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The source code for the preceding implementation is available in the mwaa-rbac-task GitHub repository.

The code base is set up in the following location in Amazon S3, as seen from the Amazon MWAA environment on the Amazon MWAA console.

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Run the DAG and monitor its progress, as shown in the following screenshot.
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After you run the DAG, the following files are created with timestamps updated:

  • s3://<AWS_ACCOUNT_ID>-<AWS_REGION>-mwaa-processed/control_file/processed.json { "processed_dt": "03/05/2021 01:03:58" }

  • s3://<AWS_ACCOUNT_ID>-<AWS_REGION>-mwaa-published/control_file/published.json { "published_dt": "03/05/2021 01:04:12" }

The change in the preceding control files reflects that the tasks in the DAGs enforced the policies defined for these tasks.

Create custom Airflow Operators to support least privilege access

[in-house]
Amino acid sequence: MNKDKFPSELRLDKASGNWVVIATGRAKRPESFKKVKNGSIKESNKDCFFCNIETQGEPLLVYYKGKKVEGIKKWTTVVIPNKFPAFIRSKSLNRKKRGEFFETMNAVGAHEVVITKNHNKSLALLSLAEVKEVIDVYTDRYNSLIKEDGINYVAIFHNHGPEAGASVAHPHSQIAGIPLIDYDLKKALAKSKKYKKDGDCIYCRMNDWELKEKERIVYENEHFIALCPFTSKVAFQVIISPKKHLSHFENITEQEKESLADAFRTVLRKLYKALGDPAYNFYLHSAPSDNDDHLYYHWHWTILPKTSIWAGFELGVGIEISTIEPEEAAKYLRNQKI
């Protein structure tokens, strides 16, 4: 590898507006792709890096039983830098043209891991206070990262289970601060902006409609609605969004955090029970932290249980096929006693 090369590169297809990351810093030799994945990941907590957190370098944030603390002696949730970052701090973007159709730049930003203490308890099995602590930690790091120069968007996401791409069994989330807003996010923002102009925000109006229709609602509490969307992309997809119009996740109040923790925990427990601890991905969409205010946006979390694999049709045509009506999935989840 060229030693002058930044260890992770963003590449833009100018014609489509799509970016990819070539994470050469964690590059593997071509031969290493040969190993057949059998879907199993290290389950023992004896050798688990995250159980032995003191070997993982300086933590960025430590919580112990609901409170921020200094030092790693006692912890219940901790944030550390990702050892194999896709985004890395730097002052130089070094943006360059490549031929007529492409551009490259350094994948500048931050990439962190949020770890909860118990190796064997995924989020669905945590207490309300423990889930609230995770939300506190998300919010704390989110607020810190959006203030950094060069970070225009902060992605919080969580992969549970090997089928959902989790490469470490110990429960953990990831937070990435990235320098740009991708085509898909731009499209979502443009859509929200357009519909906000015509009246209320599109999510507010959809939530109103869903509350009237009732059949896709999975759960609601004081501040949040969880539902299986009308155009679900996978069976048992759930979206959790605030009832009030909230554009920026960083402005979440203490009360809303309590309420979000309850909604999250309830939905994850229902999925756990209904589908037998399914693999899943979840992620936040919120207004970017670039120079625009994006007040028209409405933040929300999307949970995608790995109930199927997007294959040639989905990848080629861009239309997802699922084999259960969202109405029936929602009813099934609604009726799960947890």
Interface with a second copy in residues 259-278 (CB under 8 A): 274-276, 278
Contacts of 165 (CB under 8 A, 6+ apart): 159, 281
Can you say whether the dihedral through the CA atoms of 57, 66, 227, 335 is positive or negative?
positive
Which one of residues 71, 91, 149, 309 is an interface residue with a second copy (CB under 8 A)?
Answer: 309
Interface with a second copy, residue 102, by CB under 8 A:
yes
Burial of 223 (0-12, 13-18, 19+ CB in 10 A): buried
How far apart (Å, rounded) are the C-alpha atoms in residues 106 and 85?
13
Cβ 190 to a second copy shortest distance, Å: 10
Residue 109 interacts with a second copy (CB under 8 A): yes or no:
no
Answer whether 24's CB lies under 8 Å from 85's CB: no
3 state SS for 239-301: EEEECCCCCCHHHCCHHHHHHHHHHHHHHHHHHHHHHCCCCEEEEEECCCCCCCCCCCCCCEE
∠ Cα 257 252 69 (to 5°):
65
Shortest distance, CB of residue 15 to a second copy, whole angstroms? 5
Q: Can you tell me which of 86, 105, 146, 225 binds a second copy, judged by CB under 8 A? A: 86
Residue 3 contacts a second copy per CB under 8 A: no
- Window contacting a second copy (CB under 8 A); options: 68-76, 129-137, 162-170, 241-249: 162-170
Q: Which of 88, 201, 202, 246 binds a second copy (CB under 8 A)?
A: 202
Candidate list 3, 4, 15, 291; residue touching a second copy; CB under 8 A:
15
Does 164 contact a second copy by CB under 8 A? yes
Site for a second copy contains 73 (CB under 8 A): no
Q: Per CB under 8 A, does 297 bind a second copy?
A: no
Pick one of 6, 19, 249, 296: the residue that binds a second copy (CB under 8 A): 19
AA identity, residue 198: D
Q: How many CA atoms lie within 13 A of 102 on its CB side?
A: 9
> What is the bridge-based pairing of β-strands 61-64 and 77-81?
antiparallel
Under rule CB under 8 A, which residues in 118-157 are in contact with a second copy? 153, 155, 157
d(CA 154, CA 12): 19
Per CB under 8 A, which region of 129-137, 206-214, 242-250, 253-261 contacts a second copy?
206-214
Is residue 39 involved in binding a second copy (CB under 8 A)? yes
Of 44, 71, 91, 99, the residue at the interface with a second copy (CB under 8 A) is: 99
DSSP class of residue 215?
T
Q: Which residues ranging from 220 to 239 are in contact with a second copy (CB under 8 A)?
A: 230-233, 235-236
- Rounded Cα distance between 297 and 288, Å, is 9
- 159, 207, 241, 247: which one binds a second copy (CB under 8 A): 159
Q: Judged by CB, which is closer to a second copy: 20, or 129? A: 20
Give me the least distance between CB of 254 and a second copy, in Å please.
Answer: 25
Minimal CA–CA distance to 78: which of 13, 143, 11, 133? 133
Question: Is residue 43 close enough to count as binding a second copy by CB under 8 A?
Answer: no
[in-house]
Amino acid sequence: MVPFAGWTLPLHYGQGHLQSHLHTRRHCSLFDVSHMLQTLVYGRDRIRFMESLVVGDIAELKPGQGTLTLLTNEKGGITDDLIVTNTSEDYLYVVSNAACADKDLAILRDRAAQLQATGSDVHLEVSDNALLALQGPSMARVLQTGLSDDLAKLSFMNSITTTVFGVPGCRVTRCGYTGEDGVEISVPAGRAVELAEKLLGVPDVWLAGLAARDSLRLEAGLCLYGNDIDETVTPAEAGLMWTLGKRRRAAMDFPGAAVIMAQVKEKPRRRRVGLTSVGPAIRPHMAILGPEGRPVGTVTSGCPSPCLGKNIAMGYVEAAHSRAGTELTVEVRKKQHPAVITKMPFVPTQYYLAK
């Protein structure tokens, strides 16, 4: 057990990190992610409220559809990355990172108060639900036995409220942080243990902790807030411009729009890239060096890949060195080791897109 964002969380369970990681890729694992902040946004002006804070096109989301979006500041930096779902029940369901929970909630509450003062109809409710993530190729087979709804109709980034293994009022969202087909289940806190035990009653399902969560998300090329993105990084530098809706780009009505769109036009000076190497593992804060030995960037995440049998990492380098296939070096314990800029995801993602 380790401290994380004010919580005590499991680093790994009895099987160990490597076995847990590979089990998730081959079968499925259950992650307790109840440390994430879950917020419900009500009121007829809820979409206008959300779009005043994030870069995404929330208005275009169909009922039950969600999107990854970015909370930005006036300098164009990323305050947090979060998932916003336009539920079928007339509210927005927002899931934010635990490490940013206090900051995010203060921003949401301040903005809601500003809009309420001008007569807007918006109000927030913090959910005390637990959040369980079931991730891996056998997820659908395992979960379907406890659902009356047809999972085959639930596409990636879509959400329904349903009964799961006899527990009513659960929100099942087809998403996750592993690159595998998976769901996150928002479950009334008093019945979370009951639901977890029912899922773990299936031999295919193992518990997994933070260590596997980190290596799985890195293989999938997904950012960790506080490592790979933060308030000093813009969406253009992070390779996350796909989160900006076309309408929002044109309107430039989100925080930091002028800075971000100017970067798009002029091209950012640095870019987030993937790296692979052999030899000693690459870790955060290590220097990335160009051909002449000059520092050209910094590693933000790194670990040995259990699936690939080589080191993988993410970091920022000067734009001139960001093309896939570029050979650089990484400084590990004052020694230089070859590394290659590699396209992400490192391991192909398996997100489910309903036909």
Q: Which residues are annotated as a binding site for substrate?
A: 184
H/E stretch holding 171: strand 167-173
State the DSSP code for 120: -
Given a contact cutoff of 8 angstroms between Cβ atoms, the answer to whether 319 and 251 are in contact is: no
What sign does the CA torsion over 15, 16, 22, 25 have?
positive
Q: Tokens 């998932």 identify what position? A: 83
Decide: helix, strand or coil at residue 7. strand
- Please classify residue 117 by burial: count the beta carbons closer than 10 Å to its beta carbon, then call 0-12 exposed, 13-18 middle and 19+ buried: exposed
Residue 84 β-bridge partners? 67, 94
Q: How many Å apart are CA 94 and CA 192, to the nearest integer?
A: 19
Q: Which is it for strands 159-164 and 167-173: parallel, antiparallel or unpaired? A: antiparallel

You can extend the demonstrated methodology for enabling fine-grained access using a customized PythonOperator to other Airflow operators and sensors as needed. For more information about how to customize operators, see Creating a custom Operator.


In this post, we presented a solution to bolster security in Amazon MWAA with role-based access controls. You can extend the concept to other Airflow operators in order enhance the workflow security at the task level. In addition, using the AWS Cloud Development Kit (AWS CDK) can make provisioning the Amazon MWAA environment and fine-grained IAM task roles seamless. We look forward to sharing more about fine-grained access patterns for Airflow tasks in a future post.

About the Author

Kishan Desai Kishan Desai is a Data Engineer at Amazon Studios building a data platform to support the content creation process. He is passionate about building flexible and modular systems on AWS using serverless paradigms. Outside of work, Kishan enjoys learning new technologies, watching sports, experiencing SoCal’s great food, and spending quality time with friends and family.



Virendhar Sivaraman 2 1Virendhar (Viru) Sivaraman is a strategic Big Data & Analytics Architect with Amazon Web Services. He is passionate about building scalable big data and analytics solutions in the cloud. Besides work, he enjoys spending time with family, hiking & mountain biking.

Categories: Big Data